The pulse of the Packers’ defense, Daniels has the type of nasty disposition required to succeed in the trenches. His initial punch on bull rushes can put offensive lineman on their heels and he’s a relentless inside rusher with a nose for the ball. In a Monday night win over Kansas City, Daniels’ game was on full display, when he blew by guard Ben Grubbs to blow up running back Jamaal Charles for a 3-yard loss. Daniels also had 1.5 sacks — including a fumble-causing sack on quarterback Alex Smith. But even when it’s not showing up on the stats sheet, he makes his presence felt.
Special Teams MVP: S Chris Banjo
There were several worthy MVP candidates for a special teams unit that jumped from 31st in 2014 to 16th, according to Packer Report’s special teams rankings. But arguably nobody made first-year coordinator Ron Zook look better than reserve safety Chris Banjo. After spending most of last year on the practice squad while the Packers’ special teams looked anything but special, Banjo took the place of the departed Jarrett Bush and asserted himself as the leader of this squad, being voted team captain by his peers for the playoffs.
Banjo led the team with 375 snaps and paced them with 22 tackles — seven more than runner-up Jeff Janis and the most since Desmond Bishop’s 22 in 2009. A mix of smarts, tenacity and athleticism, Green Bay’s big improvement on special teams had a lot to do with the guy in the No. 32 jersey.
Rookie of the Year: CB Damarious Randall
The selection of the Arizona State safety was a head scratcher back in the spring, but by the end of the season, Randall’s play at cornerback made Thompson’s first-round selection of him look pretty smart. Randall took over the starting left cornerback spot from Casey Hayward in October and led the team with four picks (including playoffs) and 16 passes defensed, flashing speed, athleticism and confidence.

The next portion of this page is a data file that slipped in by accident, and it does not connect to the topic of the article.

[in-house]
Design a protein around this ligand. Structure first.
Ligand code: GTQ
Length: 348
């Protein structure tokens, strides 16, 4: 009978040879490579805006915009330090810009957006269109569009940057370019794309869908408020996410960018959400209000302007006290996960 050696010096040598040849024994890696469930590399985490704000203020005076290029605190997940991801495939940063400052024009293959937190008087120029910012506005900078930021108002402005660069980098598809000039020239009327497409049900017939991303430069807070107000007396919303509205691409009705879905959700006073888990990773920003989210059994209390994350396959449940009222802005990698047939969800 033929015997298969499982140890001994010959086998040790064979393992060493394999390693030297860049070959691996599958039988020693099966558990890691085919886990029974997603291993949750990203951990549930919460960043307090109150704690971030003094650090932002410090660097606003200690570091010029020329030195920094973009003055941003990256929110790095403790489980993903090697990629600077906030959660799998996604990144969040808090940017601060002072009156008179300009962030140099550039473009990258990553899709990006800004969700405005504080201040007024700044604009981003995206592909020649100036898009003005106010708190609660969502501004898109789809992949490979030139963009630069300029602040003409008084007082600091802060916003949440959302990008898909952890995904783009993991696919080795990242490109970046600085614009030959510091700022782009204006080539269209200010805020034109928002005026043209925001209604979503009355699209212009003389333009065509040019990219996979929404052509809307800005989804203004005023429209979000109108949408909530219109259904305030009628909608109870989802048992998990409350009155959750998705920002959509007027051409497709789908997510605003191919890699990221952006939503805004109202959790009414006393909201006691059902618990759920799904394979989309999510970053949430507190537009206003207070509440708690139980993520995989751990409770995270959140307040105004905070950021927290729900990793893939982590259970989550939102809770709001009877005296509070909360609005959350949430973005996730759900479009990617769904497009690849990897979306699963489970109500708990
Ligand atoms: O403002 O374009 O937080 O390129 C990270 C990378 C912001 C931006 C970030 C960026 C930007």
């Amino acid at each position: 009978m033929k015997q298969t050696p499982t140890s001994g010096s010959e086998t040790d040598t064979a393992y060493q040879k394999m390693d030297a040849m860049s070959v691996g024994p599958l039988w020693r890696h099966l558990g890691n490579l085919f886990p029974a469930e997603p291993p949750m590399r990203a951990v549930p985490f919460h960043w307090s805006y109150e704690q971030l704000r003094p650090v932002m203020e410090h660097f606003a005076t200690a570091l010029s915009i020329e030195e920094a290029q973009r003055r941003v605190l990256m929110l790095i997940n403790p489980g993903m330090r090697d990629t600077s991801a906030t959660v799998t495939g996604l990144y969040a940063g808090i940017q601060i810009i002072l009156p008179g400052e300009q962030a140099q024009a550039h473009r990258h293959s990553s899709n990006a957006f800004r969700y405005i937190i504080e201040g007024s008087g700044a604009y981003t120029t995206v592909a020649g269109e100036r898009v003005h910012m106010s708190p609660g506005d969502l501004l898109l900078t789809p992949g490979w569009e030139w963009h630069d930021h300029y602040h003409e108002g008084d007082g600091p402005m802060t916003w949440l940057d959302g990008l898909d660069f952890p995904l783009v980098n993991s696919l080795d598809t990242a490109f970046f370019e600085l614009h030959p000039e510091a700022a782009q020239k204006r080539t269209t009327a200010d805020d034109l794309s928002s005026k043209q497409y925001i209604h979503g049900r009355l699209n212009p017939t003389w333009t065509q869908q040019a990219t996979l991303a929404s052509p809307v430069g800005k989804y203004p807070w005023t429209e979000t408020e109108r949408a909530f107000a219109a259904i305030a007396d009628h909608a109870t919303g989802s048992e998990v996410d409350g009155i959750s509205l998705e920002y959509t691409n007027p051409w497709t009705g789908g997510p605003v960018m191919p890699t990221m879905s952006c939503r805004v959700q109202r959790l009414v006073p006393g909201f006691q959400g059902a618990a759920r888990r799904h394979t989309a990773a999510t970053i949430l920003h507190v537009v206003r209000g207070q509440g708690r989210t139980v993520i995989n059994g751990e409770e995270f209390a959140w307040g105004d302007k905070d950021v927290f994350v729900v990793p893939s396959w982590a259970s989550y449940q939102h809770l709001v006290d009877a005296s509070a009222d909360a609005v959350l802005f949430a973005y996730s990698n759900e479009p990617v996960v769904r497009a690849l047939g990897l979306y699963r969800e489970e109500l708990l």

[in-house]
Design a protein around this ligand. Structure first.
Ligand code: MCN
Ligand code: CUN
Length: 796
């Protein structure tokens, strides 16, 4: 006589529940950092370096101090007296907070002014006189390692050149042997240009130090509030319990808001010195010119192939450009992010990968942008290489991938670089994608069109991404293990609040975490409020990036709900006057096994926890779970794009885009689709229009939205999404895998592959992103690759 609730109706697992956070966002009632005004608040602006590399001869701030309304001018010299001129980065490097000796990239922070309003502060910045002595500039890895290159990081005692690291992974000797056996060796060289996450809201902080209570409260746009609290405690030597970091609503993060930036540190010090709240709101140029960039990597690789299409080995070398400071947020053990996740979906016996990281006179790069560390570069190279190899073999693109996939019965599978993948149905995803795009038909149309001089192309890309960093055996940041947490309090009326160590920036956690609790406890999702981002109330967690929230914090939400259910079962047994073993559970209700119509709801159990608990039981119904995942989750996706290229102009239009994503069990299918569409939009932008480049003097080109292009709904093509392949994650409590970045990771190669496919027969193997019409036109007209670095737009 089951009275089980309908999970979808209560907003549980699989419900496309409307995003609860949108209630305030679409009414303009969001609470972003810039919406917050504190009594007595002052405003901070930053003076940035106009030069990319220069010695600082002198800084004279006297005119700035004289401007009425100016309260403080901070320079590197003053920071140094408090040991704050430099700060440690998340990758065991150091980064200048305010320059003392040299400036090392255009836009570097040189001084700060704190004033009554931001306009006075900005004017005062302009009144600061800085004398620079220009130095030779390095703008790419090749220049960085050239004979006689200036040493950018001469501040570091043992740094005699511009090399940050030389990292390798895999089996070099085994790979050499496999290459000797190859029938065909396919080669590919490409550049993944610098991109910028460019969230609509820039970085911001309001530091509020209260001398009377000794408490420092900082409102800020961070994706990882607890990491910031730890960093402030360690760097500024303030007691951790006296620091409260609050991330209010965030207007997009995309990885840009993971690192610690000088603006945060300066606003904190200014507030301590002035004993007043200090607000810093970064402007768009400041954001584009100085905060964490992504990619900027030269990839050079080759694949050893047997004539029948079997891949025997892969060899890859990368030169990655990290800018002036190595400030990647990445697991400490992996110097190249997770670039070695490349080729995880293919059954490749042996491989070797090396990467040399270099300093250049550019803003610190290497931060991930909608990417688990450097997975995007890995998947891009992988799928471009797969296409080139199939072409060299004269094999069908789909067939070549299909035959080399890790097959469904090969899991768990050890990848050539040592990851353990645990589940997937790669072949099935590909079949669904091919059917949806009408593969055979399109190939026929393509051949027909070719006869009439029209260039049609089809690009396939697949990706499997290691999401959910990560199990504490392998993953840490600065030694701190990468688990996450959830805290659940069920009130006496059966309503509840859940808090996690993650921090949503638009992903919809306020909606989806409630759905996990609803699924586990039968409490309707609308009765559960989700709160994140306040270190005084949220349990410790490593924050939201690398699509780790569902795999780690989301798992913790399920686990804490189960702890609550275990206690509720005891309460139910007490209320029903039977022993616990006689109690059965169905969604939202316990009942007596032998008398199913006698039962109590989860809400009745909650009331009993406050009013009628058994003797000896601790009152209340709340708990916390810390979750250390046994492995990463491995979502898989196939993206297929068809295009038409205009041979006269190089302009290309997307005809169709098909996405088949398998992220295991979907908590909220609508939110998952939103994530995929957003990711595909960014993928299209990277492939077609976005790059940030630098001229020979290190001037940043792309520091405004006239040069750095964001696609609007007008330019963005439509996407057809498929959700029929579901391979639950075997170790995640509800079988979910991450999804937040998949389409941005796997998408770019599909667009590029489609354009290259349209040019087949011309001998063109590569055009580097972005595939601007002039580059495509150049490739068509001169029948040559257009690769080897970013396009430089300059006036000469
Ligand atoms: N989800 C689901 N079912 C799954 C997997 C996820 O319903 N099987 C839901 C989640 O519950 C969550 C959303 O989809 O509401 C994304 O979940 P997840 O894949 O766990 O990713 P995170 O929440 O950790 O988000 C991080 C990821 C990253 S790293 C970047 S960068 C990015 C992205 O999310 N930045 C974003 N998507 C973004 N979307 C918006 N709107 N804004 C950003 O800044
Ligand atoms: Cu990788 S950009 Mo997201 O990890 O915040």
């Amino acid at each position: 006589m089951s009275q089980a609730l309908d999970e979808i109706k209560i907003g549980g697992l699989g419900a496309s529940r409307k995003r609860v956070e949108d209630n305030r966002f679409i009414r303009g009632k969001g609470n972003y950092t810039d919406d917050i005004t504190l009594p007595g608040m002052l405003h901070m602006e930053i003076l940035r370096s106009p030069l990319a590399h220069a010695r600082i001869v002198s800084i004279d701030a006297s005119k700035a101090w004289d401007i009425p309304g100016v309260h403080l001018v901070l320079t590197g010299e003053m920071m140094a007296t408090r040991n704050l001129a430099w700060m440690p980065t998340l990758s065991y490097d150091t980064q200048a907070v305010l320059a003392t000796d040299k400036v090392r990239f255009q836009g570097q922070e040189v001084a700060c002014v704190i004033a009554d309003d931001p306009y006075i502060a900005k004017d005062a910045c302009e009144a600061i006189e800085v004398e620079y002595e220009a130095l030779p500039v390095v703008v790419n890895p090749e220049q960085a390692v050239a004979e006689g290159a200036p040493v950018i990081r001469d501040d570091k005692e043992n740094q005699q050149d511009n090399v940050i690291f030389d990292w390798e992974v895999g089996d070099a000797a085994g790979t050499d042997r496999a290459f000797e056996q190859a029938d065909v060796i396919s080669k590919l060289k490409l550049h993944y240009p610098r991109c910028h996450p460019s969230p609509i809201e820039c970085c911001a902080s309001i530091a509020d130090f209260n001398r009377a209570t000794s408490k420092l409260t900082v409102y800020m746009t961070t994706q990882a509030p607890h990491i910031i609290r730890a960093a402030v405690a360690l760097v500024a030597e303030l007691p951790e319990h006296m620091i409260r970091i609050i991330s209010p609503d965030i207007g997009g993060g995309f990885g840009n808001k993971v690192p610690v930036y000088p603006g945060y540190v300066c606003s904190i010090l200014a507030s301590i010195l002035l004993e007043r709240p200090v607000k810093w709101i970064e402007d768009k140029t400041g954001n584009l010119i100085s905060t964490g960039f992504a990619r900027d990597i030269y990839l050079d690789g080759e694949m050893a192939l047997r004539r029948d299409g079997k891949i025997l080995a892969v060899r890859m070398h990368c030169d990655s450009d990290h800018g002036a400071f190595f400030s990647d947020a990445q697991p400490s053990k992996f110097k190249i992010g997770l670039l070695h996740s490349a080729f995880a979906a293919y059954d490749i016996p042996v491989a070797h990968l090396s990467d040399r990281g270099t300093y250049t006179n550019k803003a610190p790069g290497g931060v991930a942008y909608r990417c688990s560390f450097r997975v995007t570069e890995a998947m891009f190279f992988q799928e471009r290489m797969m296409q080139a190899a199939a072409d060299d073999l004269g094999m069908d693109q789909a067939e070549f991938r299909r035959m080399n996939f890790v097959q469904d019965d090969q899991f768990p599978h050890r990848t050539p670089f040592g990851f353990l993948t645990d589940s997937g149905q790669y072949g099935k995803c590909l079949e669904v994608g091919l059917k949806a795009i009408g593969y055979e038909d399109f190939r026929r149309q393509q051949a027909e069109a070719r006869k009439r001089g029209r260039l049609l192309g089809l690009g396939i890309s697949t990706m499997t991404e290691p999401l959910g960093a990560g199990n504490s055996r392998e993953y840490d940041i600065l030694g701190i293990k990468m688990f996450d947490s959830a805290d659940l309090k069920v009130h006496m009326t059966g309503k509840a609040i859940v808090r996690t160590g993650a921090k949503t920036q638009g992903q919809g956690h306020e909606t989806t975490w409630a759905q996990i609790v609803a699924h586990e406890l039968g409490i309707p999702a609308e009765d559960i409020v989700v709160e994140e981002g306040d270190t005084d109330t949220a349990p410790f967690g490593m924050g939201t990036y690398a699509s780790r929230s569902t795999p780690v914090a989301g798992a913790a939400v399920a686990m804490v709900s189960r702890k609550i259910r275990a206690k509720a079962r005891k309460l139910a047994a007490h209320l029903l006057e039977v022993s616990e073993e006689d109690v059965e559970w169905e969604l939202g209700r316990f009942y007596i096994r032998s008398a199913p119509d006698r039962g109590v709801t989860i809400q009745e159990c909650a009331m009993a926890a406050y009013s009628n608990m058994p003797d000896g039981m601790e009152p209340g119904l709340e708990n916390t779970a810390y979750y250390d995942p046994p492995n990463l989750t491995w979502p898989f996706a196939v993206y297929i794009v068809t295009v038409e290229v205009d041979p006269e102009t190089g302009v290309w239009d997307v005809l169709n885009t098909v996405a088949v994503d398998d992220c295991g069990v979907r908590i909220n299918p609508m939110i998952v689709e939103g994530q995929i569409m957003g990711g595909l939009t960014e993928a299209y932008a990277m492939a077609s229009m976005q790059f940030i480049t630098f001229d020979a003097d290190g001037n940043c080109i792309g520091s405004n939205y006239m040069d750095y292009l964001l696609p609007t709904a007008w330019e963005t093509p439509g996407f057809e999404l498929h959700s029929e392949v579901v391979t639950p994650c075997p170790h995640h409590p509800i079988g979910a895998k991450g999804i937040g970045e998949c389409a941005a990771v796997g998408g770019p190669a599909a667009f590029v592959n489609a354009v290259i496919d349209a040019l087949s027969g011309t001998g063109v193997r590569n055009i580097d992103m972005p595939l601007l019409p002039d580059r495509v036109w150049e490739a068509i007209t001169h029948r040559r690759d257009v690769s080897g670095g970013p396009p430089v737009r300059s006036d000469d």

But he struggled down the stretch, most notably against Raiders rookie receiver Amari Cooper and Cardinals veteran Larry Fitzgerald. It was Randall who failed to follow Fitzgerald across the field on a crossing route that turned into a 75-yard catch-and-run that effectively ended the season. But as rookie seasons go, Randall gave the team plenty to be excited about and has the makings of a future star as he becomes a better tackler and more assignment sure.
Most Improved Player: S Ha Ha Clinton-Dix
A Pro Bowl nomination is very close for the second-year safety. Clinton-Dix built on the highs and lows of his rookie season by leading the defense with 117 tackles and cut his misses from 15 a year ago to just eight — no longer ducking his head when he went in on the ball-carrier. His three sacks were the most by a Packers safety since Mark Roman had 3.5 in 2004 and he snagged three interceptions (including one in the playoffs), giving him a share of the team lead with four takeaways.
Missing just a handful of snaps all season, he led the defensive backfield with a tackle every 9.16 snaps, edging Morgan Burnett’s mark of 9.45. Clinton-Dix drew oohs and ahhs with his big hits and the admiration of coaches, teammates and fans with plays like he had against St. Louis, when he chased down Stedman Bailey on a 68-yard catch-and-run, knocking him out at the 6-yard line on a play when many would’ve pulled up on. Three plays later, an interception by Quinten Rollins put an exclamation mark on his effort to chase Bailey down.
W. Keith Roerdink has covered the Packers since 1992. E-mail him at firstname.lastname@example.org.